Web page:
Indo Pak Agreement: A Great Leap Forward

Pak Tea House welcomes the visit of Indian Foreign Minister S M Krishna and the agreements regarding Trade and a relaxed Visa Regime. It was a step in the right direction, towards Making South Asia a peaceful place. Trade between the two countries and frequent contacts between ordinary folk from both sides will pave the way for a gradual end to the belligerency and Jingoistic narrative adopted by Hawks on both sides of the border.

Express Tribune, in their editorial titled, A historic breakthrough with India said,

“Once enforced, the new visa protocol will be transformational. Given the rise in India of an opulent middle class keen to travel as tourists, Pakistan will have to go on overdrive to build new facilities to cater to the new tourism despite its terrorism-marred conditions. New hotels and roads will have to be built for people coming by road, new border check posts in Azad Jammu and Kashmir, Punjab and Sindh will have to be constructed to receive them. Pakistan will now find it easy to agree to a two-way transit trade route between Afghanistan and India, thus averting the losses it was sure to sustain from the opening of an alternative route through the newly-built Iranian port of Chabahar. The route that joins India and Afghanistan will ultimately be the regional commercial highway to Central Asia. One can hope that the project of the Iranian gas pipeline will be favourably affected by Indo-Pakistan normalisation. The normalisation-first approach — favoured by the world but not by Pakistan — is going to facilitate the final resolution of bilateral disputes: Kashmir, Siachen, Sir Creek, Wullar Barrage and other water issues, and terrorism, etc. Above all, Pakistan, once assured of peace on its eastern border, will be better able to confront al Qaeda and its ancillary terrorists like the Taliban, the Lashkar-e-Jhangvi and Jandullah without relying on the subterfuge of blaming India. Pakistan will cease to be the national security state preying on its own people and will be better able to align its national economy with the well-being of its people.”

Daily Times, in its editorial on 8th September titled “Pak-India relations on a new course” wrote,

“The determination to move forward is obviously a sign of maturing political will. However, there remains a lingering trust deficit that does not allow even relatively easier issues such as Sir Creek and Siachin to be resolved on a fast track. Similarly, accusing India of diverting Pakistan’s waters does not absolve Pakistan of its own mishandling of the situation. Pakistan needs to better argue its case and safeguardsort its interests in future. The building up of economic cooperation is something to celebrate. The process of dialogue has brought us so far and only dialogue could unravel the remaining misgivings. The door should remain open come what may.”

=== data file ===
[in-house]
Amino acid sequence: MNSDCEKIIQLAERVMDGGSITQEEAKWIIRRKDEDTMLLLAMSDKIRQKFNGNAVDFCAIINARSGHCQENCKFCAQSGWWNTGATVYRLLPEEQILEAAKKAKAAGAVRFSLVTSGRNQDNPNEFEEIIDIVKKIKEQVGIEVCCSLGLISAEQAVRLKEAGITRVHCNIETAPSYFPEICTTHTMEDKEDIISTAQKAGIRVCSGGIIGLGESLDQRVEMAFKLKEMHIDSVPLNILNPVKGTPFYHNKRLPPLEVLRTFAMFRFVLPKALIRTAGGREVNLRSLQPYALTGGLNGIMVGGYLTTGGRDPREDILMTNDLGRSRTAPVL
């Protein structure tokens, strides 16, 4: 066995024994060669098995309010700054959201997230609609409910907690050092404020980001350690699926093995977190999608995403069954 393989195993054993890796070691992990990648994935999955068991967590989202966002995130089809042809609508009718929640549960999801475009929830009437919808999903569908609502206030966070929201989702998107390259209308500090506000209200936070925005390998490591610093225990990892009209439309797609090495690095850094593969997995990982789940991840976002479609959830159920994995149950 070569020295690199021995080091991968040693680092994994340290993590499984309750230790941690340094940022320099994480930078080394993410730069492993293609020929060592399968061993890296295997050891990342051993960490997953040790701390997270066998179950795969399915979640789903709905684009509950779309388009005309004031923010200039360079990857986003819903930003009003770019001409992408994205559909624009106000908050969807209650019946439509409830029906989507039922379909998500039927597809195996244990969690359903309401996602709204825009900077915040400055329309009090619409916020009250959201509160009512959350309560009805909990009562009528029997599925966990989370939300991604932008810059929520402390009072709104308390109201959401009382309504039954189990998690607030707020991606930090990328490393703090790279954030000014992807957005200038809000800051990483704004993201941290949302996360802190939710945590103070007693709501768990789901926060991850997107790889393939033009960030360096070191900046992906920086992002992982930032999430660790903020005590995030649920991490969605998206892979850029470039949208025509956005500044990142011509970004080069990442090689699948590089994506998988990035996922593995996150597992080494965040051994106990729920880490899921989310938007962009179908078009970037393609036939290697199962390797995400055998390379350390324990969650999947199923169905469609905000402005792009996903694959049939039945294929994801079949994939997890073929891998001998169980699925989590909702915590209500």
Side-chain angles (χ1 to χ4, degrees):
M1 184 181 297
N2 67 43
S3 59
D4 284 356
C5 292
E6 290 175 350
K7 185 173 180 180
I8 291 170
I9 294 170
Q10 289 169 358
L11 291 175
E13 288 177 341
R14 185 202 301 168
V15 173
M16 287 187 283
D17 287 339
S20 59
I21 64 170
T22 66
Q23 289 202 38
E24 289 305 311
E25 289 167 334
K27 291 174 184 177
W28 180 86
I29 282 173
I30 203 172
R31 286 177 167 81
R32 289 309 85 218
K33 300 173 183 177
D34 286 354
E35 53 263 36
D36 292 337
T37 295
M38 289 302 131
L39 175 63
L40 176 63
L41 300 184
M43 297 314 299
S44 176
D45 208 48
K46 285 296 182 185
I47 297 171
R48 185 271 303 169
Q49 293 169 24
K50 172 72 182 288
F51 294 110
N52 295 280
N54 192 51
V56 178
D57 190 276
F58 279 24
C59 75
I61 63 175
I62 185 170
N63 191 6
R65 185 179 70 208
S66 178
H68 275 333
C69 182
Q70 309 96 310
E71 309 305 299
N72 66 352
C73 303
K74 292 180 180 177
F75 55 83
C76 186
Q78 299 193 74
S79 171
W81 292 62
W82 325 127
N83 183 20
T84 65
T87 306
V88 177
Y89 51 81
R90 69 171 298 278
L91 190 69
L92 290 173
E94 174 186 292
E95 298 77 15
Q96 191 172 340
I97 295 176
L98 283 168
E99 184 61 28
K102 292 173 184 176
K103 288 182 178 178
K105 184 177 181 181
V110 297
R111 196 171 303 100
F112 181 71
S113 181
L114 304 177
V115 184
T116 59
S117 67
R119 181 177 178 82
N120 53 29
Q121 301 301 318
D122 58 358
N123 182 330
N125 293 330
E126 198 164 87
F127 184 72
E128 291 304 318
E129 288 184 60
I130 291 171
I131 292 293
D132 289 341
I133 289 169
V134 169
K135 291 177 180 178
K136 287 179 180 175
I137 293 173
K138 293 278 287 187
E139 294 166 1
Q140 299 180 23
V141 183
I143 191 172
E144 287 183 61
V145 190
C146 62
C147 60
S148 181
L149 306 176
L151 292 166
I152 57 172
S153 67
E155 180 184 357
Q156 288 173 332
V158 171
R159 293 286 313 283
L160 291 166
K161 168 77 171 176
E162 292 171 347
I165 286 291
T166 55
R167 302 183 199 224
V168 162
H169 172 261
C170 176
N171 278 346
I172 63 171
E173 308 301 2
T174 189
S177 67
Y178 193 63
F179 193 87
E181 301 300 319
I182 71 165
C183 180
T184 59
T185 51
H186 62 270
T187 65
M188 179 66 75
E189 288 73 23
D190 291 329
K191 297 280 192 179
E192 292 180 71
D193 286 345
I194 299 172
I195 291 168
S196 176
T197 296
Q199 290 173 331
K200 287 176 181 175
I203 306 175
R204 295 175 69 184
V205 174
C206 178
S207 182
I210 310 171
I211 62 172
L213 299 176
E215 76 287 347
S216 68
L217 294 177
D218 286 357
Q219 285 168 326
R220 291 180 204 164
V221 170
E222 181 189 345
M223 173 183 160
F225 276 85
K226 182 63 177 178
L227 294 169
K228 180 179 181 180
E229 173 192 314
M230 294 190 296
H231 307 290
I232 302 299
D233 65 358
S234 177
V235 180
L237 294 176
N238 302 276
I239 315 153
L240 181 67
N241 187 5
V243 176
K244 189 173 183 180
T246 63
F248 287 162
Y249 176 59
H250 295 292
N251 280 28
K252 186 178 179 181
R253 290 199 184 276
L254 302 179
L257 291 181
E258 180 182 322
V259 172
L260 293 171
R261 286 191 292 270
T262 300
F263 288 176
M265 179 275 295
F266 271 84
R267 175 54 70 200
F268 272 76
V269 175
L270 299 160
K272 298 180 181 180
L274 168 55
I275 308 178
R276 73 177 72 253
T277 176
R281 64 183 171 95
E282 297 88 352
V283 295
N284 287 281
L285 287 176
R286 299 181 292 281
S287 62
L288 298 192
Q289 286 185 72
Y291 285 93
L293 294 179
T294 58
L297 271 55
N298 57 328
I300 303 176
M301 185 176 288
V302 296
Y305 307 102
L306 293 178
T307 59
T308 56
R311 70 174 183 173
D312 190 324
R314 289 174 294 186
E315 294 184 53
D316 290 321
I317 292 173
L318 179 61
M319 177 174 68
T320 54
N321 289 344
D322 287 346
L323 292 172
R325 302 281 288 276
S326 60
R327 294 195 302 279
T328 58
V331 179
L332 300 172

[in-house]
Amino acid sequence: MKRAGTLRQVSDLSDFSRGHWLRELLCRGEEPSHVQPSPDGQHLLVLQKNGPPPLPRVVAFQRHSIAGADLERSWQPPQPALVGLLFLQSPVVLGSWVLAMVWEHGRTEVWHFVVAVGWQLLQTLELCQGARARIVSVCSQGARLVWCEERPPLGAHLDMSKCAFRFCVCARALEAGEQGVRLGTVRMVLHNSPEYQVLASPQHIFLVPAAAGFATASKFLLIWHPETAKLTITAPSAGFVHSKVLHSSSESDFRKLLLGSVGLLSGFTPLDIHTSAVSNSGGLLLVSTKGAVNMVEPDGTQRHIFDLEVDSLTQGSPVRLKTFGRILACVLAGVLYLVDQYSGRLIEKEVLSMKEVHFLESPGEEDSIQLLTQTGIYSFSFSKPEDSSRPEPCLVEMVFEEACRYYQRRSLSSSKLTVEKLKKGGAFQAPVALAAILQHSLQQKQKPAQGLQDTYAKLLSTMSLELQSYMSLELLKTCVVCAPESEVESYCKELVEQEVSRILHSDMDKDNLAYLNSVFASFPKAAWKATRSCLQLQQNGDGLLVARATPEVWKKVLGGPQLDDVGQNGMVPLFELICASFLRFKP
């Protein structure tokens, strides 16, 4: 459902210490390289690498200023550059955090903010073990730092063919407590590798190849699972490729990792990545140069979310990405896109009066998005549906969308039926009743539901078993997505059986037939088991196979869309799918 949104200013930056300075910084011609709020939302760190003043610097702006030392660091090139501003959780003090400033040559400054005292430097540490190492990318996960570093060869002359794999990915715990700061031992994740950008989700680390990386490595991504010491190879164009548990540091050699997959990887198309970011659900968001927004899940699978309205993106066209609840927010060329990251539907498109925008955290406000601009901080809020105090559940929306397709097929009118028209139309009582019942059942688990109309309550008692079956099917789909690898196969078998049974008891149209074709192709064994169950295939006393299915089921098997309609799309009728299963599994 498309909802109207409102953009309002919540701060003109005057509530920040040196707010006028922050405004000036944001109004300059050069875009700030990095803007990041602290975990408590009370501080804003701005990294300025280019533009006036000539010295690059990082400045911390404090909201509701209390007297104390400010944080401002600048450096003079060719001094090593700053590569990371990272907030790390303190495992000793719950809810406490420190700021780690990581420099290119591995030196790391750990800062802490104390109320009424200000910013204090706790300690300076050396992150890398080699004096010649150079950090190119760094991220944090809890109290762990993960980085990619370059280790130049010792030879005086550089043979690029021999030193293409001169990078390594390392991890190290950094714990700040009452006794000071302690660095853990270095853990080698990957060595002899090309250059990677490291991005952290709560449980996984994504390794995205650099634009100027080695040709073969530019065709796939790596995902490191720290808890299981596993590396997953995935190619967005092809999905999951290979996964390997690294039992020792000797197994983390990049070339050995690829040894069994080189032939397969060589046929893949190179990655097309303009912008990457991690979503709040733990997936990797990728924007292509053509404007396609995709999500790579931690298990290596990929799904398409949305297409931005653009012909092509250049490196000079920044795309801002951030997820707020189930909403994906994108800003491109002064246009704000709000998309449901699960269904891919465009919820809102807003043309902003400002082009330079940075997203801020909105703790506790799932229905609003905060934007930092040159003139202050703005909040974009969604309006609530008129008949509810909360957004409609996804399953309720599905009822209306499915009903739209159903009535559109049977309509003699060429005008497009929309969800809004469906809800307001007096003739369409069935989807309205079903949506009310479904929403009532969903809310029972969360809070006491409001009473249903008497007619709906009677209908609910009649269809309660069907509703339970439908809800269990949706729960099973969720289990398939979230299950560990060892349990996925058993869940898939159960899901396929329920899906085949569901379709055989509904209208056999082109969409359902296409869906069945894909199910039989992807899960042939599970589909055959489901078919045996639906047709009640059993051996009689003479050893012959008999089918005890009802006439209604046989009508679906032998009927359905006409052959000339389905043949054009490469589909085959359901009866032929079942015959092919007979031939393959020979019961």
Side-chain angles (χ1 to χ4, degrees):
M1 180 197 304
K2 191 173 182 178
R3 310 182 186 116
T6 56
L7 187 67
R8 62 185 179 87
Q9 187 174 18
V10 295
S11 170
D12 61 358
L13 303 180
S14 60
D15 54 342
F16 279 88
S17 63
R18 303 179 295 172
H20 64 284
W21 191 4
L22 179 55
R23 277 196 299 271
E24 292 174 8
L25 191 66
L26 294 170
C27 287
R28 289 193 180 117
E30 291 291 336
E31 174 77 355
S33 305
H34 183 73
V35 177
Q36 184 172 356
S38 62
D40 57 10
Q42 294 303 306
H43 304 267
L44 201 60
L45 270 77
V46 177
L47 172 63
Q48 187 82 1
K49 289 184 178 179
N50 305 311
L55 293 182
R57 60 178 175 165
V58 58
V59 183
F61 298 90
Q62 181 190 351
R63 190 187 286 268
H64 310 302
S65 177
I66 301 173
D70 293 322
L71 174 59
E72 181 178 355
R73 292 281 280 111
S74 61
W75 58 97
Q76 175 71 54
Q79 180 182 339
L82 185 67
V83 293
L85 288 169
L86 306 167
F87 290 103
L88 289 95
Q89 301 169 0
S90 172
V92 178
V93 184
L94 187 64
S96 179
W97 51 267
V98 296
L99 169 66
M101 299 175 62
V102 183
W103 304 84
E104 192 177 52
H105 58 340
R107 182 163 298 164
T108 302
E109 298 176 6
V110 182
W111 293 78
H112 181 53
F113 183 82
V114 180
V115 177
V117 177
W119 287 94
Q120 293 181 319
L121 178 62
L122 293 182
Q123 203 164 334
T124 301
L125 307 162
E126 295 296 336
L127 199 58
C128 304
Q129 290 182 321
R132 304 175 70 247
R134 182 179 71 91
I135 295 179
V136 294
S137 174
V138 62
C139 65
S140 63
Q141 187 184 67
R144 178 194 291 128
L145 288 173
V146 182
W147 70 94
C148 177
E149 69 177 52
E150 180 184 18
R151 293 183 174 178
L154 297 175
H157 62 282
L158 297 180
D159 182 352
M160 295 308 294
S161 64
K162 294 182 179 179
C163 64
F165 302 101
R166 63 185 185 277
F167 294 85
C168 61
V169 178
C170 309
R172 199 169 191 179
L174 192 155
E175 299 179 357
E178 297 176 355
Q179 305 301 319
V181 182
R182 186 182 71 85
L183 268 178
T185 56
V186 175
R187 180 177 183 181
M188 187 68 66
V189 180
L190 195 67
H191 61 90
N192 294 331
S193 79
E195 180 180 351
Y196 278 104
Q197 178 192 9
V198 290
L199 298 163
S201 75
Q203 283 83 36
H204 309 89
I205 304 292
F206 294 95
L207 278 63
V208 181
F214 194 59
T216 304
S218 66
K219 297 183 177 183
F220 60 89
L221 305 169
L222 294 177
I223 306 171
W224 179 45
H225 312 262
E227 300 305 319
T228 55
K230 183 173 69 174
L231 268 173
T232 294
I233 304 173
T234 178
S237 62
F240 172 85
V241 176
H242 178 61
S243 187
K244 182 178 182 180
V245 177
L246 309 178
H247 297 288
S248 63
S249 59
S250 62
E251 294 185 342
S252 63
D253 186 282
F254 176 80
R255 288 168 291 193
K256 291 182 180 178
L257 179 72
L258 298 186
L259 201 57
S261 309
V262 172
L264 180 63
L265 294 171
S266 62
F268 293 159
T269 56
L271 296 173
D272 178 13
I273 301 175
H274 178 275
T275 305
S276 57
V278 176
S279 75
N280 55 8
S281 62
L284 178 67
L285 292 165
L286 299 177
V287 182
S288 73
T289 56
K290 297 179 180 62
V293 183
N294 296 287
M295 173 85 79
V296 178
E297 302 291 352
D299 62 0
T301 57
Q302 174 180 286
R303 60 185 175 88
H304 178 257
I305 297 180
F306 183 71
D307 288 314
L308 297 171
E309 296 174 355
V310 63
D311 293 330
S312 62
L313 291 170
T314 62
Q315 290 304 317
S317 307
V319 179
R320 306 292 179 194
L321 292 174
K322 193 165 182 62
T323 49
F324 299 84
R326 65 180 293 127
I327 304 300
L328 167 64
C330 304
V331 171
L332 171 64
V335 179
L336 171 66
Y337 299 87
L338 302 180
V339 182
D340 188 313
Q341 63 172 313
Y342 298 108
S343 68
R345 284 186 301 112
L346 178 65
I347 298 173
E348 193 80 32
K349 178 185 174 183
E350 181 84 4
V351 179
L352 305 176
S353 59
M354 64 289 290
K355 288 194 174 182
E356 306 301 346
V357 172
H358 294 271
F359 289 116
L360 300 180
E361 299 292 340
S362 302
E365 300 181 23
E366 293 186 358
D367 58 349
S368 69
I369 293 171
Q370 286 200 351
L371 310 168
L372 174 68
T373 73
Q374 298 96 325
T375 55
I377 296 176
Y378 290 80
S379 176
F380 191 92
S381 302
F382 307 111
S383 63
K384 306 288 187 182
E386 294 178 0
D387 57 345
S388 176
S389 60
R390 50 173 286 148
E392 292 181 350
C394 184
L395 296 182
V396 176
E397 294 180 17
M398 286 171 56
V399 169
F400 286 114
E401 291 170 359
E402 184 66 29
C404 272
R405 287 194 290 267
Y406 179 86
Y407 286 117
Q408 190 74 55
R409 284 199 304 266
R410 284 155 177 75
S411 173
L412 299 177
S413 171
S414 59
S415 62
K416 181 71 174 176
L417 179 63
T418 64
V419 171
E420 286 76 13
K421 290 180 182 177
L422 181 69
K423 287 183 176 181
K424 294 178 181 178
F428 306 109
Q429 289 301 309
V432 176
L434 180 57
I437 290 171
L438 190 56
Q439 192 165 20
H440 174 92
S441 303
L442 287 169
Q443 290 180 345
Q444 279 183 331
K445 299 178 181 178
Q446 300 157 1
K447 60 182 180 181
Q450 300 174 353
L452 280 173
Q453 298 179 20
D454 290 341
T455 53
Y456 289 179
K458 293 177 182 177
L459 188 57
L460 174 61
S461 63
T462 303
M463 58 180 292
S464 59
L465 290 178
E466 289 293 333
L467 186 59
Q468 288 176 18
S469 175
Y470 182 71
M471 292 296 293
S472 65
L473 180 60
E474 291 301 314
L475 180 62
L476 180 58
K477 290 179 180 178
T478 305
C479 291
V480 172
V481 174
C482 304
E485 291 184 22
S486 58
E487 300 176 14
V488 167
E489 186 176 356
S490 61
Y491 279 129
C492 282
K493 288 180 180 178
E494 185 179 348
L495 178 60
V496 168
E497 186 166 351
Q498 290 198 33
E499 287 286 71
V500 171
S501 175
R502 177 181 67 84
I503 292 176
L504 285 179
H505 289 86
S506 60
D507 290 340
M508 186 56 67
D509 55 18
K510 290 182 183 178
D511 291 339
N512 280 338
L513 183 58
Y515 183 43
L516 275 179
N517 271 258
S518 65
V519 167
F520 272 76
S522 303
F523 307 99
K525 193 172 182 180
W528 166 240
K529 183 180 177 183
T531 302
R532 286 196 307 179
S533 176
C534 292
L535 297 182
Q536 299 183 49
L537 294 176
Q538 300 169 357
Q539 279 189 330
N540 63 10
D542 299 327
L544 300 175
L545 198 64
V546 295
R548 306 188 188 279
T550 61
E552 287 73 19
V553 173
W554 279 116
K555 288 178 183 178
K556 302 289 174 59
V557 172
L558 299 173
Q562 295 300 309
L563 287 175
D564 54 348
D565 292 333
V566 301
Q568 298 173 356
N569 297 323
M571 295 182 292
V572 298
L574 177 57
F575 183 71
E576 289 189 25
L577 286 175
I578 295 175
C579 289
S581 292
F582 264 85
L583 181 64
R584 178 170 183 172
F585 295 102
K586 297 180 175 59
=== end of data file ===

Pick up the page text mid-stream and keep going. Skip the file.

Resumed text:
Surprisingly, the oldest newspaper of the country, Dawn, didn’t share the excitement shown by sister publications and remained circumspect in their editorial today on the same topic. In the editorial titled “More to be done

“Expectations were low ahead of Indian Foreign Minister S.M. Krishna’s visit to Islamabad this week and, after two days of meetings culminating in a joint press conference yesterday, the predictions appear to have been largely correct. The big news is the inking of a liberalised visa regime between the two countries, a deal that was ready to be signed several months ago when the Indian commerce secretary visited but was delayed on the Pakistani side for as yet unspecified reasons. While welcome news, much will depend on the vigour and sincerity with which the new visa arrangements are implemented: even the most high-minded of ideas have often failed the implementation test when it comes to these two countries. Beyond that, however, there is not much good news to report from the meetings that capped off a year of dialogue between Pakistan and India. What seems to be clear is that the two countries have yet to recover the ground lost to the Mumbai attacks of November 2008. A little nudge here, a little push forward there, the dramatic steps have been eschewed in favour of small, uncontroversial measures. Leave aside Siachen or Sir Creek, even on the necessary move to allow Pakistani television channels access to the Indian market, there has been no movement. In the Pakistani and Indian context, the core issues and other problems are so well known and defined that if allowed to, diplomats, politicians and security establishments can dance around them forever unless someone grabs the issues by the scruff of the neck and forces some forward movement. Thus far, there is no one on either side who has been able to do that, even as many suspect that at least at the very top of the political leadership in both countries, the desire for normalising ties is deep and potentially meaningful.”

Blogger Abdul Majeed wrote on the topic in his blog titled “Tear Down This Wall of Hatred”,

“It is perhaps a major step in the right direction. There are a few unresolved issues that still need to be addressed with respect to the new visa regime. Apart from businessmen, minors, seniors and artists, relaxation should be provided to the rest of people as well. Pakistan and India boast a youth with combined strength of about 200 million. How can people-to-people relationships get better if the youth are excluded from visiting each other. I believe that this policy should be considered a stepping stone for better things to come. It requires a show of resolve on part of political governments on both sides to keep this process going and not let it get derailed by tragic incidents such as Kargil, the attack on the Indian Parliament or 26/11. Ultimately, both countries should talk about the elephant in the room i.e. Pakistani establishment’s policy of strategic depth.”

Comments are closed.